Pathways > Art and walking

Art and walking

The view from Tufton Lodge, where we live and work, is stupendous. It is without a doubt what sold us the house, as in every other respect its location is quite insane. Built just before 1900 by the Appleby Castle estate to house its gamekeeper, the property sits on an unprotected hillside nearly 1400 feet above sea level, with uninterrupted views right across the Eden Valley to the Lake District fells, framed by the North Pennines on the right and a bleak grouse moor stretching up to Nine Standards Rigg on the left. When we bought the property it was leaking at every seam, the carpets squelched when you walked across them and there was what our surveyor referred to as a ‘lean-away’ which housed the bathroom and toilet. It took several years to make it as wind and water-proof as you can reasonably expect in such an exposed position.

Tufton LodgeThe original rationale, no doubt, was to position the gamekeeper’s lodge in an uncompromisingly prominent way, as a clear deterrent to anyone thinking of poaching the estate’s precious game. For the poor gamekeeper and his family this came at some cost; during storms the prevailing westerly wind batters the house at full pelt, sweeping up the steep slope from the Belah beck which runs along the valley floor some 350 feet below, without so much as a mound of earth or a single tree to blunt its force. Before we put down a solid concrete floor a strong wind would lift the carpets in the sitting room. Even now, with the benefit of double glazing, wall insulation and underfloor heating it can feel like sitting out a gale at sea, with the wind howling across every vent and chimney, flexing the glass panes and rattling the slates.

On good days, however, and even on ones when the sky fills with brooding clouds and sunlight pierces through in occasional diagonal shafts, you can stand for hours and simply gaze at the landscape stretched out in front of you. The fells of Blencathra, High Street and behind it a few bumps of the Helvellyn range, must be at least forty miles distant. On a hazy or misty day they do indeed seem that far away, but when the weather turns crisp, the sky is blue and the peaks have a cap of snow you almost feel you can reach out and touch them. Sometimes a kestrel will complete the picture by hovering motionless on the wind, skillfully fluttering its wing or tail feathers to keep itself locked in position, its eyes fixed firmly on the ground below.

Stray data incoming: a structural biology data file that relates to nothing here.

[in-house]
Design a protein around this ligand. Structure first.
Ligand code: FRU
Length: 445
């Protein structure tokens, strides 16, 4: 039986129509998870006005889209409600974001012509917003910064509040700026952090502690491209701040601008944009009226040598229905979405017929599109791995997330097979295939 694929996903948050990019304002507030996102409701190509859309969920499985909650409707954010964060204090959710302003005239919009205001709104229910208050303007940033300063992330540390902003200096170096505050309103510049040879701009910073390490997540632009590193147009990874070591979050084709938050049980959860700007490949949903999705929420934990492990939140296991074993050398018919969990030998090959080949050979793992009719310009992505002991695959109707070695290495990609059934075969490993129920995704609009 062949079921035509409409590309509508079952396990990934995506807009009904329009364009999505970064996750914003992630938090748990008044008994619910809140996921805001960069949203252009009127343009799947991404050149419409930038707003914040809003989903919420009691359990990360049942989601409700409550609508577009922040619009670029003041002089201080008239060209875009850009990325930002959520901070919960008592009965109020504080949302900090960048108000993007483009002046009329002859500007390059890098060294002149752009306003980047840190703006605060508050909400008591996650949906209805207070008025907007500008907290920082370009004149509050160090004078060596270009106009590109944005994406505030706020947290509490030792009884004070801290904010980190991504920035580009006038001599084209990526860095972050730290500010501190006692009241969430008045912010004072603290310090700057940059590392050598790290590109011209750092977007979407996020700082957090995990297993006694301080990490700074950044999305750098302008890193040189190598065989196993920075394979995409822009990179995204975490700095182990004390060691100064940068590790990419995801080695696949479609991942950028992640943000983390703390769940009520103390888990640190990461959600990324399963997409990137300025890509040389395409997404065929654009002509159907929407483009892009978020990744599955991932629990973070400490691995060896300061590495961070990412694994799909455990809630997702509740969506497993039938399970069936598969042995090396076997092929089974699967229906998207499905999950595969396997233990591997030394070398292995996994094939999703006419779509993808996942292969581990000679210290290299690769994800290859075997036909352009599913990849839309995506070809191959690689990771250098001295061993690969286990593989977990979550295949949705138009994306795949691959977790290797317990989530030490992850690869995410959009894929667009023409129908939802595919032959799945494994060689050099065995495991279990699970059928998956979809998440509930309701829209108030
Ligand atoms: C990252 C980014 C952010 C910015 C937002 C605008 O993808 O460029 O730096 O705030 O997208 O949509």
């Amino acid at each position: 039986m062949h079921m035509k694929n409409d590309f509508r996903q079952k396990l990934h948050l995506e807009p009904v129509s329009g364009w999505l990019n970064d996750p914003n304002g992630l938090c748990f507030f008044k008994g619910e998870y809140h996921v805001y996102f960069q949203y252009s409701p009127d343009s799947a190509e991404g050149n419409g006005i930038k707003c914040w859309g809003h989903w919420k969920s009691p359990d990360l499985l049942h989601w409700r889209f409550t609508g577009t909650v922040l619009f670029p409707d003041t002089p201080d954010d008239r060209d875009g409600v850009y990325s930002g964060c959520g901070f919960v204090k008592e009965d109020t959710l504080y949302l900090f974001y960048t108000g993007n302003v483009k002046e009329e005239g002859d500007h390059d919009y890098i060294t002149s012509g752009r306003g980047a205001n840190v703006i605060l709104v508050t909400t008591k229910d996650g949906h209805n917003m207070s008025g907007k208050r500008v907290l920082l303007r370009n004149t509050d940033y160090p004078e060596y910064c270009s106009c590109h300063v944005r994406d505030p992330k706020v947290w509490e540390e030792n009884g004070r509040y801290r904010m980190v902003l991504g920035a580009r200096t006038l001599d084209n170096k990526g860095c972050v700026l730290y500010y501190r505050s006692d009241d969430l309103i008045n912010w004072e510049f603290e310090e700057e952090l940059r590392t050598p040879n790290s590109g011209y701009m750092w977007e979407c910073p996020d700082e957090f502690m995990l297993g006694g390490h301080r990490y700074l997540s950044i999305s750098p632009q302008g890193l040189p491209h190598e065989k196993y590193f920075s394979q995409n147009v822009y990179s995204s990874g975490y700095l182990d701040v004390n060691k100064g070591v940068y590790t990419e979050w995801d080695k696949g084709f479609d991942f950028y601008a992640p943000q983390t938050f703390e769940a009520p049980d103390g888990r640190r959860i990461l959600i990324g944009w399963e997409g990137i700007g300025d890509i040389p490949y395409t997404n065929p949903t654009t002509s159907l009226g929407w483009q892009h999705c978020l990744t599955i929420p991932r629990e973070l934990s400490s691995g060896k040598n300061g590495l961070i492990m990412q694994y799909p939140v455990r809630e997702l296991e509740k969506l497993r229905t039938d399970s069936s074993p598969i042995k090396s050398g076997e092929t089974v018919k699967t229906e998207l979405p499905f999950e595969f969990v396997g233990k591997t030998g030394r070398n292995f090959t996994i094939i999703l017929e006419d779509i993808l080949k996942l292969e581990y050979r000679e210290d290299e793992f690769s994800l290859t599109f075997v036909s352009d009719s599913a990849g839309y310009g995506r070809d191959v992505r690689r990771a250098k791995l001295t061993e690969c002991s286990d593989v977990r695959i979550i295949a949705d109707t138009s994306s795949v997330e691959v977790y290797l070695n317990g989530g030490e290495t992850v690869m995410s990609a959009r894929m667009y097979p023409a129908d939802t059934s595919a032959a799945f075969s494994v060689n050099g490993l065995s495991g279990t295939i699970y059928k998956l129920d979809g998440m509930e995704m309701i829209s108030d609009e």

The story goes that this very view provided inspiration for the Victorian painter John Martin (1789-1854) as he worked on his last set of paintings, a tryptich known as ‘The Last Judgement’. The three pictures are huge, some two metres tall and three metres wide, and were designed to be viewed side by side, possibly even illuminated by lanterns to make a dramatic ‘son et lumiere’ show.

John Martin was renowned in his day for his awe-inspiring visions of the apocalypse and giant tableaux depicting biblical tales. Seen from a 21st century perspective many of his pictures look like stills from computer generated disaster movies and in fact a host of film directors have cited him as a key influence. In many respects John Martin was the Steven Speilberg of his day, with his paintings attracting massive audiences; it has been estimated that ‘The Last Judgement’ paintings were seen by over 8 million people during a tour that lasted several decades after Martin’s death in 1854. Painters like Martin also knew a thing or two about merchandising; much of his income came from the sale of engravings of the pictures sold during their exhibition.